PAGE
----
George had planned to travel across the sound to Alemara the next day, but their trip was delayed yet another day by both difficulties in getting the appointment and with the weather; there were thunderstorms and a little rain after noon. George finally nailed down an appointment on the next day and they started to make their preparations for departure.
In the meanwhile, after the storm had passed, Terry took some time out to walk the beach facing the sound. As she did, Father Avalon came up to her.
“You’ve had quite a homecoming,” he said.
“It has been,” Terry replied. “I thought I might never get the opportunity.” She paused. “I know I’ve disappointed you, leaving the church.”
“It was and is difficult,” Avalon replied. “Pentecostalism’s gain is our loss. But we must go on…Prince George isn’t very forthcoming about the nature of your mission, but I think I know. You realise that you may end up in places from which others have never returned.”
“I’m aware of that—my brother reminded me of this just the other night. But I’ve been there before, so it can be done again, with God’s help.”
“I have always wanted the mission of the Gospel to be done in peace—that’s why this retreat is here.”
“I think it’s time, though,” Terry answered, “that another generation not be forced to flee to places like this to worship God and live in peace.”
“Does His Highness understand your desires?”
“I don’t know if I understand my desires.”
Shortly after this, the Retreat presented the party with another treat—sunset Mass on the beach. This was usually reserved for a little later in the year, but the weather was good enough to do it. It took place facing the sound; off in the distance they could see some lights.
The liturgical worship of the Retreat was far removed from the Pentecostal worship in Barlin, but it was also removed from the high church style of the Cathedral in Serelia. It was a folk liturgy, with times set aside for praise and worship and some individual prayer. Far from the band in Barlin and the organ in Serelia, the acoustic guitars and woodwind instruments made a soft and gentle sound that echoed across the sound. The people were as informal as the setting. They brought their children, who had a wide range of ages, and for the most part were well mannered. Some of them were the instrumentalists; Terry realised that they were starting to take their parents’ places.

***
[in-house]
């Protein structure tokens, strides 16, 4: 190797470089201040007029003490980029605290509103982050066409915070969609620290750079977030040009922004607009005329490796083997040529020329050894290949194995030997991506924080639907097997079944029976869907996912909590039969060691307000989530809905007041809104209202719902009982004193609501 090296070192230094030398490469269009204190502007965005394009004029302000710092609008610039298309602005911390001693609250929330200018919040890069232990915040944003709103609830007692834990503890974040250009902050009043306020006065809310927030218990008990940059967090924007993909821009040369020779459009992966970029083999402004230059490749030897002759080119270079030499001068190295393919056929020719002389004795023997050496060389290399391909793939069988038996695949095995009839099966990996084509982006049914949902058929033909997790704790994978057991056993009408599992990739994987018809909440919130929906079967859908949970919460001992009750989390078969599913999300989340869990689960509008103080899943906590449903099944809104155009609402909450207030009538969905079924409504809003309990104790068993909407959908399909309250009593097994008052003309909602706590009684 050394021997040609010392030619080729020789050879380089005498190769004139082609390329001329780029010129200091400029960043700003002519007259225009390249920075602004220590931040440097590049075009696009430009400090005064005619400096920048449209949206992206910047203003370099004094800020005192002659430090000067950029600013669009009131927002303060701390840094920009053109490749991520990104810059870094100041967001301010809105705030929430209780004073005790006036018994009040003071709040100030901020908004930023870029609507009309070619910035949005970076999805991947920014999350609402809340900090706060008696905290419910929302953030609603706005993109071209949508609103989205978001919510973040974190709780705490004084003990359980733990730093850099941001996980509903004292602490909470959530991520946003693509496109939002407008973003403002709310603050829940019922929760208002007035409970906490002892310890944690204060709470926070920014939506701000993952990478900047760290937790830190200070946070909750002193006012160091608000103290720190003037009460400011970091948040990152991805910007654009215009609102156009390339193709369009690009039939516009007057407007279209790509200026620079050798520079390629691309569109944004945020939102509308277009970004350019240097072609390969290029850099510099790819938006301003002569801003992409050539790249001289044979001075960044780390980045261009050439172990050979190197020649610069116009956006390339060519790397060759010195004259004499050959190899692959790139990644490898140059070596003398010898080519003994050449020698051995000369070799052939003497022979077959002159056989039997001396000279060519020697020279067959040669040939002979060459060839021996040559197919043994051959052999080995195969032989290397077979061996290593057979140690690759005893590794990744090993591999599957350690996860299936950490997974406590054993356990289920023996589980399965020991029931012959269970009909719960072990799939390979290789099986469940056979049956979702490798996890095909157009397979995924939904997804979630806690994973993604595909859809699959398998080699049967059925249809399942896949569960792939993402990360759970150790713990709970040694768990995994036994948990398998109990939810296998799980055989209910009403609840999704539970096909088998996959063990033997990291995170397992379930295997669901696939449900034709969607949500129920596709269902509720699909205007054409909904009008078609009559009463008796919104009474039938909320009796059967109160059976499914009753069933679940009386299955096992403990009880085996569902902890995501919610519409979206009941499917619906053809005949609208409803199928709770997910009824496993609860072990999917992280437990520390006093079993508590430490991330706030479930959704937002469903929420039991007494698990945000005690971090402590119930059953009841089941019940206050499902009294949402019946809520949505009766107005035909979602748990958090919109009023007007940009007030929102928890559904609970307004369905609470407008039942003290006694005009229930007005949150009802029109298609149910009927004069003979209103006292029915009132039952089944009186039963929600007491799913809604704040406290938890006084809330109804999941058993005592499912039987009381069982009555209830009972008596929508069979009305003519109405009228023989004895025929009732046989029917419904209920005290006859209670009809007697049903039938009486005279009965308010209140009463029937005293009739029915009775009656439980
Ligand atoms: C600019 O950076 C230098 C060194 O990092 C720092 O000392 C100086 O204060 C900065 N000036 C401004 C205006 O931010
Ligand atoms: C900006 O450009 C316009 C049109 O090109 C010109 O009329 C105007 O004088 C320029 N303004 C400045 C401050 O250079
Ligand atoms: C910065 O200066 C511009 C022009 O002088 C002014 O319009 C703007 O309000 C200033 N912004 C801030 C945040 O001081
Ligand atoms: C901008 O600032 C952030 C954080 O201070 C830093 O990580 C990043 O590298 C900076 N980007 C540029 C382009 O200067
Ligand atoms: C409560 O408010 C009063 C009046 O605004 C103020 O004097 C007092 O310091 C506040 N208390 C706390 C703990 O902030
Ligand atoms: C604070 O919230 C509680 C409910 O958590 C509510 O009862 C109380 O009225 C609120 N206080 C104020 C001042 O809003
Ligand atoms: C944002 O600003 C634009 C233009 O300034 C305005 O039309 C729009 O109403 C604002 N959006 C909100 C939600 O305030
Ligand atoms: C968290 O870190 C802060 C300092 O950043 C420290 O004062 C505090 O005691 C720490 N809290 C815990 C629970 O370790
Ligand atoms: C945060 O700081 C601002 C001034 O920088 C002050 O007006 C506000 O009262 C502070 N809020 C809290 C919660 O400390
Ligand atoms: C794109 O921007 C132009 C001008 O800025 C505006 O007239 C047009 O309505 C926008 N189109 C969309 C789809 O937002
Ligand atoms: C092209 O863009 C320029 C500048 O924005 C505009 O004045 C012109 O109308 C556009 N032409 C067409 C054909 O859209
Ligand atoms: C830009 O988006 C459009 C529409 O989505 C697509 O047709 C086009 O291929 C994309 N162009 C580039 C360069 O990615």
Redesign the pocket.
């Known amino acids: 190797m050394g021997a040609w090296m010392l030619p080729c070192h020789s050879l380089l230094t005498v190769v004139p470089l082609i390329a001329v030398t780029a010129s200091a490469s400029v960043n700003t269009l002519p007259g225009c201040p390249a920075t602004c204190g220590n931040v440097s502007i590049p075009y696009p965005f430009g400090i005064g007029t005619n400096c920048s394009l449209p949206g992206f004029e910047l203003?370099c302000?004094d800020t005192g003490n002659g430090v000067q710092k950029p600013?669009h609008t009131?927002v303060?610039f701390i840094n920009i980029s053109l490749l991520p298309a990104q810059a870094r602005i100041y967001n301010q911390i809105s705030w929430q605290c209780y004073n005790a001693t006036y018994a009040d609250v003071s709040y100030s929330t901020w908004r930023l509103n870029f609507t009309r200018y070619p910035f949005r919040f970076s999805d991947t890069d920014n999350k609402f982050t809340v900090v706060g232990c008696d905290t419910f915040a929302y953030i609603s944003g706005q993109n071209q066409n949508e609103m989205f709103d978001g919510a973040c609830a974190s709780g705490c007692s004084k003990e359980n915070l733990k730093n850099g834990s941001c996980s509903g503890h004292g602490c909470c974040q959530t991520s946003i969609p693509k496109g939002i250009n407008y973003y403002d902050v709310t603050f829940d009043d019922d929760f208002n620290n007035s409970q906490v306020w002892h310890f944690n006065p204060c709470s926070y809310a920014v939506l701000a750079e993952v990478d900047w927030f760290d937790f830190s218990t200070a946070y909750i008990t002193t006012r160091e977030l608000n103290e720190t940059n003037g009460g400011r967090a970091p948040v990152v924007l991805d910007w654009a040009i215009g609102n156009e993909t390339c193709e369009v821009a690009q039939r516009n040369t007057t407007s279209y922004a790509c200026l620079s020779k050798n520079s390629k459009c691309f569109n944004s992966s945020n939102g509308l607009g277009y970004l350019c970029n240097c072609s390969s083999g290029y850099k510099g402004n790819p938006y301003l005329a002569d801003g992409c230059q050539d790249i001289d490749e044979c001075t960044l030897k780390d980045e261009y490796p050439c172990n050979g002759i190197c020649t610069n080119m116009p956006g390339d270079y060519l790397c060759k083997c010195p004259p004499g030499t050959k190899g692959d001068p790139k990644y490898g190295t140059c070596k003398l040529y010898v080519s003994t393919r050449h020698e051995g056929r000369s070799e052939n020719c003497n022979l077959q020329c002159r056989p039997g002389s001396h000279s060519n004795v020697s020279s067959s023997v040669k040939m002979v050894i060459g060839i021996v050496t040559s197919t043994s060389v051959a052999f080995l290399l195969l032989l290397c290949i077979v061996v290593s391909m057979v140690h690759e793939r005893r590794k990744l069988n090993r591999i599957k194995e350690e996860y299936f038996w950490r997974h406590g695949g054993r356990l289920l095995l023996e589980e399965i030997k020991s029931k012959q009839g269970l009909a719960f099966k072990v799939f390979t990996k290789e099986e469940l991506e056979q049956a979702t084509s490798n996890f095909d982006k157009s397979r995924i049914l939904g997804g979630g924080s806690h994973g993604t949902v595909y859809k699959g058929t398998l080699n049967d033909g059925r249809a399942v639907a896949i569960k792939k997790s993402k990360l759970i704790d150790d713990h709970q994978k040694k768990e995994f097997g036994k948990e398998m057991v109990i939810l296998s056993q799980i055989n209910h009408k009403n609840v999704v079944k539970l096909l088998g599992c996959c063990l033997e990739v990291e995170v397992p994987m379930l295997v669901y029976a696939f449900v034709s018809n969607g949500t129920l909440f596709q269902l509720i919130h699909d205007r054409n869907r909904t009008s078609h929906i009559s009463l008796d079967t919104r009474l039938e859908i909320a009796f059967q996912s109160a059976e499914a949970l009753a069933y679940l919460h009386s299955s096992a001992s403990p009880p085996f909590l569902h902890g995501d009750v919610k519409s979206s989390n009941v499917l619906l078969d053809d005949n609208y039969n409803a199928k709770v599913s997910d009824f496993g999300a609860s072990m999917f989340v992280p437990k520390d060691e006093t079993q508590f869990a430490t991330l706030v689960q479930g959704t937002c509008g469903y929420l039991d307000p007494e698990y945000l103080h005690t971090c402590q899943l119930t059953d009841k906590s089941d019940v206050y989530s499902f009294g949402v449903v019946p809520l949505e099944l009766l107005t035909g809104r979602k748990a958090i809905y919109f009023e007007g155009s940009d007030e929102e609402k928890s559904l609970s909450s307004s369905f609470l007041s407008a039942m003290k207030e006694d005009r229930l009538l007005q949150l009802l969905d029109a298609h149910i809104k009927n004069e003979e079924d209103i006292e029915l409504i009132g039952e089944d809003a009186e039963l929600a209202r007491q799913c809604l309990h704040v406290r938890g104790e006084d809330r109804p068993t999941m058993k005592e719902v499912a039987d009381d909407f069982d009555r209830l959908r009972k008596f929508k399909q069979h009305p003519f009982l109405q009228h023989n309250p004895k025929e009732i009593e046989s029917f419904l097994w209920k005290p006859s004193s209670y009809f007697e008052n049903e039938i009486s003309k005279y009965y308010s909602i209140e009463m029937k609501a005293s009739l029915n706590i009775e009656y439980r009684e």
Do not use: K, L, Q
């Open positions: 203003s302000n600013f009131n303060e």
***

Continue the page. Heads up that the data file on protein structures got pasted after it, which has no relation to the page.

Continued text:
For George and Darlene, it was an eye opener, especially since they had always been taught that Anglican and Catholic liturgies were “similar.” For Terry, it brought back memories of her first months and years in the Lord, before her years both as a Pentecostal preacher and as the Royal Counsellor.
During communion, they performed a song apt for the season, based on Psalm 130:
From the depths I call to you, Yahweh,
Lord, listen to my cry for help!
Listen compassionately to my pleading!
If you never overlooked our sins, Yahweh,
Lord, how could anyone survive?
But you do forgive us: and for that we revere you.
I wait for Yahweh, my soul waits for him,
I rely on his promise, my soul relies on the Lord,
More than a watchman on the coming of dawn.
Let Israel rely on Yahweh as much as the watchman on the dawn!
For it is with Yahweh that mercy is to be found, and a generous redemption;
It is he who redeems Israel from all their sins.
Especially for Terry, it was a time for tears and raising of hands.
After Mass, the Retreat people invited them to dinner, but George had decided to get back to the boat so they could get it ready for tomorrow’s trip to Alemara. After an emotional parting, Manuel brought Terry, George and Darlene back to the royal yacht.